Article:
Detroit Mercy loses beloved Jesuit, Fr. Gerald F. Cavanagh, S.J.

Fr. Cavanagh in classOn Nov. 8, the University lost one of its most cherished Jesuits, Fr. Gerald “Jerry” F. Cavanagh, S.J. He was 91.

Fr. Cavanagh was a welcoming and friendly face on the McNichols Campus for 42 years. He welcomed students, staff and faculty alike with an open ear, a 100-watt smile and a charming and unforgettable laugh. He supported student-athletes from the stands and led backpacking trips out west for students for nearly 40 years. In recent times, he inspired others with his afternoon fitness walks around the track, his swinging arms holding hand weights.

Fr. Cavanagh as a young manFr. Cavanagh was born Sept. 13, 1931, in Cleveland, Ohio, to Gerald Francis and Margaret Mildred (Gilmore) Cavanagh. He earned his Bachelor of Science in Engineering at Case Western Reserve University in 1953; a Master of Business Administration from St. Louis University in 1958 and his Licentiate in Philosophy at St. Louis University in 1959. In addition, he earned a Master of Education at St. Louis University in 1960; Licentiate in Theology from Loyola University of Chicago in 1965 and a Doctor in Business Administration from Michigan State University in 1970.

Fr. Cavanagh received Detroit Mercy’s first Distinguished Faculty Award, and championed Detroit Mercy’s Jesuit and Mercy mission to the fullest, providing students a transformative education. He was also one of the most caring and welcoming people on campus, offering a helping hand, open door and counsel to thousands of students, alumni, faculty, staff, and friends who sought him out for advice and friendship.

His professional life was as extraordinary as his spirit.

According to Joseph Eisenhauer, dean of the College of Business Administration and a close friend, Fr. Cavanagh co-authored the first scholarly article to discuss ethical norms in organizations and went on to chair the Social Issues Division of the Academy of Management and its Task Force on Ethics.

Fr. Cavanagh with studentsDuring his illustrious career, which spanned more than 50 years, he delivered nearly 100 presentations to audiences around the globe and published five books, more than a dozen separate chapters, some 30 peer-reviewed journal articles, and numerous encyclopedia entries, book reviews and essays. His research has also been cited more than 3,100 times by other scholars throughout the world.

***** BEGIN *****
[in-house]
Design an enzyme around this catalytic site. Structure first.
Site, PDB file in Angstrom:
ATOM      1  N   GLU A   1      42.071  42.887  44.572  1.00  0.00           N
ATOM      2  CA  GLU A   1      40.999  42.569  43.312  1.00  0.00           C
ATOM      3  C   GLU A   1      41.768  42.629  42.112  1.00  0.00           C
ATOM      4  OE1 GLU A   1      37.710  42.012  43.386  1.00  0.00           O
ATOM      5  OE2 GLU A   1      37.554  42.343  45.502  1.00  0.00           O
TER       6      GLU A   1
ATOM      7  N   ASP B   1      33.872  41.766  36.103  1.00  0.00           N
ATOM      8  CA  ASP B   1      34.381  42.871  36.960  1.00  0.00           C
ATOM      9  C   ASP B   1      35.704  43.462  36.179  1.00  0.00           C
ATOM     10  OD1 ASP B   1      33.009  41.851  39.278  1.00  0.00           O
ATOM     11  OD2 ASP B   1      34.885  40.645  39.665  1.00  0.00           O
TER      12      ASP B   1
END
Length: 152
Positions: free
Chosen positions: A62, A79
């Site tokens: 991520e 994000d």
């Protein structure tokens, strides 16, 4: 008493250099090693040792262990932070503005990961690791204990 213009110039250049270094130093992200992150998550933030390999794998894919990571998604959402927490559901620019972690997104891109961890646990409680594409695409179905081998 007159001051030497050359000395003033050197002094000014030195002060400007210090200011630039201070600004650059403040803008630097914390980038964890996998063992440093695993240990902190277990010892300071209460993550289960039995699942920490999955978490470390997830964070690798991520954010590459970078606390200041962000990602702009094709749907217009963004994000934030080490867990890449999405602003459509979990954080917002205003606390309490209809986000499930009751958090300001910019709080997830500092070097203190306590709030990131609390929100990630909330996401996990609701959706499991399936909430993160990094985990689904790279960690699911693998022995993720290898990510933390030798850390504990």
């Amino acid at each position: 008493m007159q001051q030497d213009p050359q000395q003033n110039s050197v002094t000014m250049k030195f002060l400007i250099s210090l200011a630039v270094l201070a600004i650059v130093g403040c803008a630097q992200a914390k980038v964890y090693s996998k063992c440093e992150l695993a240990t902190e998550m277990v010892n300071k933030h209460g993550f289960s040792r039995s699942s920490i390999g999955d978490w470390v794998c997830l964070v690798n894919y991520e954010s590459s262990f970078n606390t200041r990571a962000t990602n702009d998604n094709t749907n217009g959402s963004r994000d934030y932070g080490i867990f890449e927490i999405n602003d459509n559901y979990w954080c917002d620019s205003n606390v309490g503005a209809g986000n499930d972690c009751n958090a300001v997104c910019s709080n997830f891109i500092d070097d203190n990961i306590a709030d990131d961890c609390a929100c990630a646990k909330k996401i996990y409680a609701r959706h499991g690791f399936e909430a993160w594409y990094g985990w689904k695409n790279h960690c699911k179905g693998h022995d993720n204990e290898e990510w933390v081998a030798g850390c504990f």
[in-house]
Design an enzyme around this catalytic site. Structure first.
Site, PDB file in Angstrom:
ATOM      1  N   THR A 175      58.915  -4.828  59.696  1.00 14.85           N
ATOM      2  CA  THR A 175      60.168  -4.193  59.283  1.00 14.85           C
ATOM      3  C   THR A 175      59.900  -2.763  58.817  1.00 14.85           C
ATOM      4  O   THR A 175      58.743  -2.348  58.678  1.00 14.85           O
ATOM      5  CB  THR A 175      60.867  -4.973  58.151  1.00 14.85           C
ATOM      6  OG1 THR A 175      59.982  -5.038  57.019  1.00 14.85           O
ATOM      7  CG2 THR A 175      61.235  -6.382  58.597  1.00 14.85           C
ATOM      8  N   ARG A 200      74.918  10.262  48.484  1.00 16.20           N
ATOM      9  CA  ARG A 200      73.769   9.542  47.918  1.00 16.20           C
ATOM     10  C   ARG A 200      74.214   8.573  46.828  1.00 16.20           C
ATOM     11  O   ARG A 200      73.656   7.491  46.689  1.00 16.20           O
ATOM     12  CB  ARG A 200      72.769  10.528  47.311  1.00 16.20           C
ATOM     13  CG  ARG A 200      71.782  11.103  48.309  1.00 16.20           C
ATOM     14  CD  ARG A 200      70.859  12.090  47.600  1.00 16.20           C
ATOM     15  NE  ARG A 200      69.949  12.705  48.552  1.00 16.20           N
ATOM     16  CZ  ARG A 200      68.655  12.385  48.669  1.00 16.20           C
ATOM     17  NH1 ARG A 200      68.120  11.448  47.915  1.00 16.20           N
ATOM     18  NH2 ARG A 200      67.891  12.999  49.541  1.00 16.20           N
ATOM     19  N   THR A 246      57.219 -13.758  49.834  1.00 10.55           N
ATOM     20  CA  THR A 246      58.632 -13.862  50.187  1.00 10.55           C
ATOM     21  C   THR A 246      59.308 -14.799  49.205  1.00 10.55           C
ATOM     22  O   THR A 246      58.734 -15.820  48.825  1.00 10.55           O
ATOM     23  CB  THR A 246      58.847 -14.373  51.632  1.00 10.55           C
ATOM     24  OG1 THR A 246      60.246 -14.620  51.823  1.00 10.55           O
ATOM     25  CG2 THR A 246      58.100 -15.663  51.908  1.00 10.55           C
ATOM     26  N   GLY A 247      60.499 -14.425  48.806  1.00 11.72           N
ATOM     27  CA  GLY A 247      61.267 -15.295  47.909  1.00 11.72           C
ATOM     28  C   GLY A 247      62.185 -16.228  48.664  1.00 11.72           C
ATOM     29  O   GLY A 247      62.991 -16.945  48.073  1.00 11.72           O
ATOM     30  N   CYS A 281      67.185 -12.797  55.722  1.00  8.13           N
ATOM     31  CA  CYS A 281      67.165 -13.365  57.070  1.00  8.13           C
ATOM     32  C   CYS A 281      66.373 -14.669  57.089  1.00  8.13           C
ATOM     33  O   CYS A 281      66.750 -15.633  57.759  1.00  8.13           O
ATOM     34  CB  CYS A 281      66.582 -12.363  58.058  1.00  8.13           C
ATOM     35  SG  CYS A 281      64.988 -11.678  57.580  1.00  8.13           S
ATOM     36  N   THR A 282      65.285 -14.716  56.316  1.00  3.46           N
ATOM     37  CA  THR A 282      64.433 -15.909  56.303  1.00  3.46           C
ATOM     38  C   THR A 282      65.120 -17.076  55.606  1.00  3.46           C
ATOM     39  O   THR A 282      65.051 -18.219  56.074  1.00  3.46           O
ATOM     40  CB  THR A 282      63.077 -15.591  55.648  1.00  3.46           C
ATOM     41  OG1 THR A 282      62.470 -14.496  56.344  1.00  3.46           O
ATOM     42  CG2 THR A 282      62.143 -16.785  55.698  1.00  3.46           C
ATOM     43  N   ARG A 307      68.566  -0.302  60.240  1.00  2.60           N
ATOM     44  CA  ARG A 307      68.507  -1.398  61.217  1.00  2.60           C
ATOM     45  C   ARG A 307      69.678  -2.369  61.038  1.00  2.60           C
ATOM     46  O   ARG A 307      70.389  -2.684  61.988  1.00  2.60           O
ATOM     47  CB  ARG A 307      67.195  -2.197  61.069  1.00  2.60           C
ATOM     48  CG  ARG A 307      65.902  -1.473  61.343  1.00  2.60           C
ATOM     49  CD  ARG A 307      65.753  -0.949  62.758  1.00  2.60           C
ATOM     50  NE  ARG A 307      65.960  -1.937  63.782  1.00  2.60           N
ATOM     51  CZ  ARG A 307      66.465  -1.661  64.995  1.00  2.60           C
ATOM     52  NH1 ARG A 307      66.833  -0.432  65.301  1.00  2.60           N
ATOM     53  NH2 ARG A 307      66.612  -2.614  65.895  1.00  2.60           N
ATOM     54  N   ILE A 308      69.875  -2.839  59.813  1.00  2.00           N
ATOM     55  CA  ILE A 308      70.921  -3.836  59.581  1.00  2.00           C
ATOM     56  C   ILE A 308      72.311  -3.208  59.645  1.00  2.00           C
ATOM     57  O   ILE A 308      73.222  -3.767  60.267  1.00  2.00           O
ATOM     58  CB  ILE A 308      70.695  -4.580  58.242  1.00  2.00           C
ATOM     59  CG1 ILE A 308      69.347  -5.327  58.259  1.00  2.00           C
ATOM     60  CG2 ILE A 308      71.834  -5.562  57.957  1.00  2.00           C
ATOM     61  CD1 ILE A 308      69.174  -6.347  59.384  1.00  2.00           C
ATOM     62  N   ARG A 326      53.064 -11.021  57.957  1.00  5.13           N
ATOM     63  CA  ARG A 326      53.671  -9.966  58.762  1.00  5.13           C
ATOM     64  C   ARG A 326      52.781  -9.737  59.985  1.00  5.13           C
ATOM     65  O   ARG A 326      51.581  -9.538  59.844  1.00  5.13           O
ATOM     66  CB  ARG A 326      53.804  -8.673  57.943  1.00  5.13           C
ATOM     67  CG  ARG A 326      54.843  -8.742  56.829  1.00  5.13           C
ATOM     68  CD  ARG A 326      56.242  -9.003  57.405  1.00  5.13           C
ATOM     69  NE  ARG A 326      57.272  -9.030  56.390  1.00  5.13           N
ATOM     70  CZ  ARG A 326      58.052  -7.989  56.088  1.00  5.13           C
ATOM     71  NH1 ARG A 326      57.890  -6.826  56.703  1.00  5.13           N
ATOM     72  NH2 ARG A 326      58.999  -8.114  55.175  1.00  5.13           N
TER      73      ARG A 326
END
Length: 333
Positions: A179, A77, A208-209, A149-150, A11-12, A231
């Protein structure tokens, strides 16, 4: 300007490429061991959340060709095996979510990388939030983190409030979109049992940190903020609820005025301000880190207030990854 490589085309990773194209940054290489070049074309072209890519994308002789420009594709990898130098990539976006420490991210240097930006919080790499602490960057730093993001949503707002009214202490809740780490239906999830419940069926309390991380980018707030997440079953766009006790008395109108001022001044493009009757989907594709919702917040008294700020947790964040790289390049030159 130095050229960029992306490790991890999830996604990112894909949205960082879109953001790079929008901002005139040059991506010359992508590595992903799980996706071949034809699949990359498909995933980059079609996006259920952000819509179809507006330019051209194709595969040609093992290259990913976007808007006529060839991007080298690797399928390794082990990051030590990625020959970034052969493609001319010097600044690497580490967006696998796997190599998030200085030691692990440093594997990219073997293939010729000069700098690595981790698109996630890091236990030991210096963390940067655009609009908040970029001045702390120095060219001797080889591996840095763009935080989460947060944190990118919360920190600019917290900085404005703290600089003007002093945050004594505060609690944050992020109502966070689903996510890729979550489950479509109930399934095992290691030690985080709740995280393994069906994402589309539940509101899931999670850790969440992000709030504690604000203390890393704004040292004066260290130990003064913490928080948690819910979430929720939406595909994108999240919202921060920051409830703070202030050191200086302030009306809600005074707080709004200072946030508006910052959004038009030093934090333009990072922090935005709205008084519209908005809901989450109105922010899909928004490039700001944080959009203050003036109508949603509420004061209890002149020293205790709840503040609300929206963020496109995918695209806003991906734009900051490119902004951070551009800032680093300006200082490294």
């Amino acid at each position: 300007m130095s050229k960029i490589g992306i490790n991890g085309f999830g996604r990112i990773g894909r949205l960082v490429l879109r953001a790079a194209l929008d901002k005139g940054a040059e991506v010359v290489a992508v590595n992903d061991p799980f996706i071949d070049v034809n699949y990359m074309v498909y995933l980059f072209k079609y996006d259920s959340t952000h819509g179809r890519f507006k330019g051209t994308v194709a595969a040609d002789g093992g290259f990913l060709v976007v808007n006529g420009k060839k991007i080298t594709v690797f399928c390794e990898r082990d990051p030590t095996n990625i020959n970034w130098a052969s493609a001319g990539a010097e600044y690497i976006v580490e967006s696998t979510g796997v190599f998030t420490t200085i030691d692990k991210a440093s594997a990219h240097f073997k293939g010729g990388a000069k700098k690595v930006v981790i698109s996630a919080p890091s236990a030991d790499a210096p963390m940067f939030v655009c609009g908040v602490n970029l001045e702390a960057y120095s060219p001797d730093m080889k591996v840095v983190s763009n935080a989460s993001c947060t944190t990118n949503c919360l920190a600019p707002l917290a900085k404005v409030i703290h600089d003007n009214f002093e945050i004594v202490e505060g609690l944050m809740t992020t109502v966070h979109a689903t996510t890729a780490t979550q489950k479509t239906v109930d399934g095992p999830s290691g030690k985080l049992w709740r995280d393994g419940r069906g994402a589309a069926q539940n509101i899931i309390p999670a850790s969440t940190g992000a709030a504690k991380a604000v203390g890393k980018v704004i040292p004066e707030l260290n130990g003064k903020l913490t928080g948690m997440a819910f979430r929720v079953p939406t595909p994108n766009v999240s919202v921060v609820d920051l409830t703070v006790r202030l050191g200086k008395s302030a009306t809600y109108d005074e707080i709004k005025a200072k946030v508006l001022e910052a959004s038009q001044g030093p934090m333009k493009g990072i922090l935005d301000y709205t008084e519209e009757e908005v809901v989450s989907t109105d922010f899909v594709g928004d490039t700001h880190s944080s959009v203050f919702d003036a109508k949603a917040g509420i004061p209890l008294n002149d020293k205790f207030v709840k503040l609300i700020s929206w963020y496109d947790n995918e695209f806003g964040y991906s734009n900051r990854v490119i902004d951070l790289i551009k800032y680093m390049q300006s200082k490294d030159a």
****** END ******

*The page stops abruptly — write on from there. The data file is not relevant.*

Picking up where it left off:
His classic textbook, American Business Values, is required reading at business schools around the nation today and was included in Harvard’s list of essential business reading. In total, more than 1,500 libraries around the world carry his books. He received honorary doctorates of humane letters from Siena Heights University and Loyola University of Maryland. In 2018, a group of scholars writing in the professional journal Business & Society recognized Fr. Cavanagh as one of the 12 original founders of the field.

Fr. Cavanagh and alumniIn recent weeks, Fr. Cavanagh was asked how the University and College might celebrate his incredible life and career. He asked that Detroit Mercy and the College of Business Administration establish a fund to support research on solutions to society’s most difficult problems. To honor his request, the Cavanagh Fund for Ethical Solutions to Social Problems will support teams of scholars and practitioners in studying and devising solutions to challenges such as global warming, resource depletion, and racial injustice. The Cavanagh Fund will officially launch at a celebration of Fr. Cavanagh’s legendary career on June 3, 2023.

To contribute to the betterment of society with a gift to the Cavanagh Fund, please go to, and use the drop-down designation menu to select: Fr. Cavanagh—Ethical Solutions to Social Problems.


If you would like to share a short remembrance of Fr. Cavanagh with the Detroit Mercy community, please email Please be sure to include Fr. Cavanagh in the subject line. It may appear on this page in the near future.


  1. Jeanne Turner

    I loved father Kavanaugh. He had a genuine and contagious smile, was kind of laid-back and easy-going and was genuinely concerned with the students and their issues. I came to know him while visiting my uncle Fr. Herman Muller often over the years. He was highly regarded by Fr.Muller.
    May he rest in peace in our Lord’s arms

Leave a Reply

Your email address will not be published. Required fields are marked *

Stay in the know

Subscribe below to receive a weekly update of Detroit Mercy alumni stories!

%d bloggers like this: